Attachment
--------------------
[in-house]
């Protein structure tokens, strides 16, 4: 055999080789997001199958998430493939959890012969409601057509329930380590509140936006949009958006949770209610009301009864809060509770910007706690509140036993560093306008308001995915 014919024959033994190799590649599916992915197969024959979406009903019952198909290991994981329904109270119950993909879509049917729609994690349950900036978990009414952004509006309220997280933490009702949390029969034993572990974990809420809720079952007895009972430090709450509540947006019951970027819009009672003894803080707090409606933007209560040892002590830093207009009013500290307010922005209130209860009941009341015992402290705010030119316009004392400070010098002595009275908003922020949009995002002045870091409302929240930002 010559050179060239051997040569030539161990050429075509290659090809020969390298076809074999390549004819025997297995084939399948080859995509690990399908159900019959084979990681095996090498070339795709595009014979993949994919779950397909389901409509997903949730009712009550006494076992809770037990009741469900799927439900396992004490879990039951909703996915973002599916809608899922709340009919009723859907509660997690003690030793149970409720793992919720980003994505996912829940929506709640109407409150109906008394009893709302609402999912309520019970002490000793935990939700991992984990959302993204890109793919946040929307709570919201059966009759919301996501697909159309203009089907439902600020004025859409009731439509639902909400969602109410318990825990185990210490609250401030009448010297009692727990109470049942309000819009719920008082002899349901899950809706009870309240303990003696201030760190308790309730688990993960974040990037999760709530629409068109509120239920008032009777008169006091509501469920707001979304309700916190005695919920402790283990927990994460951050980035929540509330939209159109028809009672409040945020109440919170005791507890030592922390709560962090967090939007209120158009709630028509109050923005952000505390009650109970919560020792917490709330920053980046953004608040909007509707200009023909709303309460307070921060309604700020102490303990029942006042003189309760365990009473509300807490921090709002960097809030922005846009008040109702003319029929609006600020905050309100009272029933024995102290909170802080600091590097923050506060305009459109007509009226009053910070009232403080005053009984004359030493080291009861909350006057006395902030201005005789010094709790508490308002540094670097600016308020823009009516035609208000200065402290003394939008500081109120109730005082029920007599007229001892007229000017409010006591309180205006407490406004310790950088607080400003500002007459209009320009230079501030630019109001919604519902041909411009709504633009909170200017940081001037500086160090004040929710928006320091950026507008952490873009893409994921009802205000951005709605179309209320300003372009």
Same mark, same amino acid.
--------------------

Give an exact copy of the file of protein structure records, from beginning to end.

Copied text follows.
[in-house]
């Protein structure tokens, strides 16, 4: 055999080789997001199958998430493939959890012969409601057509329930380590509140936006949009958006949770209610009301009864809060509770910007706690509140036993560093306008308001995915 014919024959033994190799590649599916992915197969024959979406009903019952198909290991994981329904109270119950993909879509049917729609994690349950900036978990009414952004509006309220997280933490009702949390029969034993572990974990809420809720079952007895009972430090709450509540947006019951970027819009009672003894803080707090409606933007209560040892002590830093207009009013500290307010922005209130209860009941009341015992402290705010030119316009004392400070010098002595009275908003922020949009995002002045870091409302929240930002 010559050179060239051997040569030539161990050429075509290659090809020969390298076809074999390549004819025997297995084939399948080859995509690990399908159900019959084979990681095996090498070339795709595009014979993949994919779950397909389901409509997903949730009712009550006494076992809770037990009741469900799927439900396992004490879990039951909703996915973002599916809608899922709340009919009723859907509660997690003690030793149970409720793992919720980003994505996912829940929506709640109407409150109906008394009893709302609402999912309520019970002490000793935990939700991992984990959302993204890109793919946040929307709570919201059966009759919301996501697909159309203009089907439902600020004025859409009731439509639902909400969602109410318990825990185990210490609250401030009448010297009692727990109470049942309000819009719920008082002899349901899950809706009870309240303990003696201030760190308790309730688990993960974040990037999760709530629409068109509120239920008032009777008169006091509501469920707001979304309700916190005695919920402790283990927990994460951050980035929540509330939209159109028809009672409040945020109440919170005791507890030592922390709560962090967090939007209120158009709630028509109050923005952000505390009650109970919560020792917490709330920053980046953004608040909007509707200009023909709303309460307070921060309604700020102490303990029942006042003189309760365990009473509300807490921090709002960097809030922005846009008040109702003319029929609006600020905050309100009272029933024995102290909170802080600091590097923050506060305009459109007509009226009053910070009232403080005053009984004359030493080291009861909350006057006395902030201005005789010094709790508490308002540094670097600016308020823009009516035609208000200065402290003394939008500081109120109730005082029920007599007229001892007229000017409010006591309180205006407490406004310790950088607080400003500002007459209009320009230079501030630019109001919604519902041909411009709504633009909170200017940081001037500086160090004040929710928006320091950026507008952490873009893409994921009802205000951005709605179309209320300003372009």
Same mark, same amino acid.